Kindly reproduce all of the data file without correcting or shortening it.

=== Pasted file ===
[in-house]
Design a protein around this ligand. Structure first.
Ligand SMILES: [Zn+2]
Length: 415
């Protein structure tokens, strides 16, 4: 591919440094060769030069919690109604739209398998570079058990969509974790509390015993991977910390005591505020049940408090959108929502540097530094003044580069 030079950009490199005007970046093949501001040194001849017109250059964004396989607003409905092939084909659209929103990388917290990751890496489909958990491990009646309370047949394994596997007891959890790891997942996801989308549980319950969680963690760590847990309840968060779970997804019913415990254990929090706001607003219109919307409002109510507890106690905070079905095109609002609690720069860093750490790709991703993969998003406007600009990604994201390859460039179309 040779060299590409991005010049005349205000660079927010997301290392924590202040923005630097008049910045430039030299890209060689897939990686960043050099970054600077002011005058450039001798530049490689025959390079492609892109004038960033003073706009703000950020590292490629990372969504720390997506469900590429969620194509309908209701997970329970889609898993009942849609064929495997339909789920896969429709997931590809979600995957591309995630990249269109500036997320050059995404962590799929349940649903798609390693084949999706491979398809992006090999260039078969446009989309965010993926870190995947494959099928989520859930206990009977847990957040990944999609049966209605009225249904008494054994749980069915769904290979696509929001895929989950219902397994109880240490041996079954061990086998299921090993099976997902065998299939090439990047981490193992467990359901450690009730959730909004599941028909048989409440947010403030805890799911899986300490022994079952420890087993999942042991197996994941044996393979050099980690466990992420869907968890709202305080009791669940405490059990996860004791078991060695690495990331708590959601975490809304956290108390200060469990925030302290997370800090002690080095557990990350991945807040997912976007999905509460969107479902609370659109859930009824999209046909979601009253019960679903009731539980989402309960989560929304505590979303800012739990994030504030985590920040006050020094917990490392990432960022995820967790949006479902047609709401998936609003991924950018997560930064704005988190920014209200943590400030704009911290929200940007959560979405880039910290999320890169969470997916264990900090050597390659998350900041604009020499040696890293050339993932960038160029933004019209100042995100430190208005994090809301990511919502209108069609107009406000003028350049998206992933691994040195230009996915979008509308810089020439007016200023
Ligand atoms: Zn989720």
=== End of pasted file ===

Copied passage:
[in-house]
Design a protein around this ligand. Structure first.
Ligand SMILES: [Zn+2]
Length: 415
């Protein structure tokens, strides 16, 4: 591919440094060769030069919690109604739209398998570079058990969509974790509390015993991977910390005591505020049940408090959108929502540097530094003044580069 030079950009490199005007970046093949501001040194001849017109250059964004396989607003409905092939084909659209929103990388917290990751890496489909958990491990009646309370047949394994596997007891959890790891997942996801989308549980319950969680963690760590847990309840968060779970997804019913415990254990929090706001607003219109919307409002109510507890106690905070079905095109609002609690720069860093750490790709991703993969998003406007600009990604994201390859460039179309 040779060299590409991005010049005349205000660079927010997301290392924590202040923005630097008049910045430039030299890209060689897939990686960043050099970054600077002011005058450039001798530049490689025959390079492609892109004038960033003073706009703000950020590292490629990372969504720390997506469900590429969620194509309908209701997970329970889609898993009942849609064929495997339909789920896969429709997931590809979600995957591309995630990249269109500036997320050059995404962590799929349940649903798609390693084949999706491979398809992006090999260039078969446009989309965010993926870190995947494959099928989520859930206990009977847990957040990944999609049966209605009225249904008494054994749980069915769904290979696509929001895929989950219902397994109880240490041996079954061990086998299921090993099976997902065998299939090439990047981490193992467990359901450690009730959730909004599941028909048989409440947010403030805890799911899986300490022994079952420890087993999942042991197996994941044996393979050099980690466990992420869907968890709202305080009791669940405490059990996860004791078991060695690495990331708590959601975490809304956290108390200060469990925030302290997370800090002690080095557990990350991945807040997912976007999905509460969107479902609370659109859930009824999209046909979601009253019960679903009731539980989402309960989560929304505590979303800012739990994030504030985590920040006050020094917990490392990432960022995820967790949006479902047609709401998936609003991924950018997560930064704005988190920014209200943590400030704009911290929200940007959560979405880039910290999320890169969470997916264990900090050597390659998350900041604009020499040696890293050339993932960038160029933004019209100042995100430190208005994090809301990511919502209108069609107009406000003028350049998206992933691994040195230009996915979008509308810089020439007016200023
Ligand atoms: Zn989720």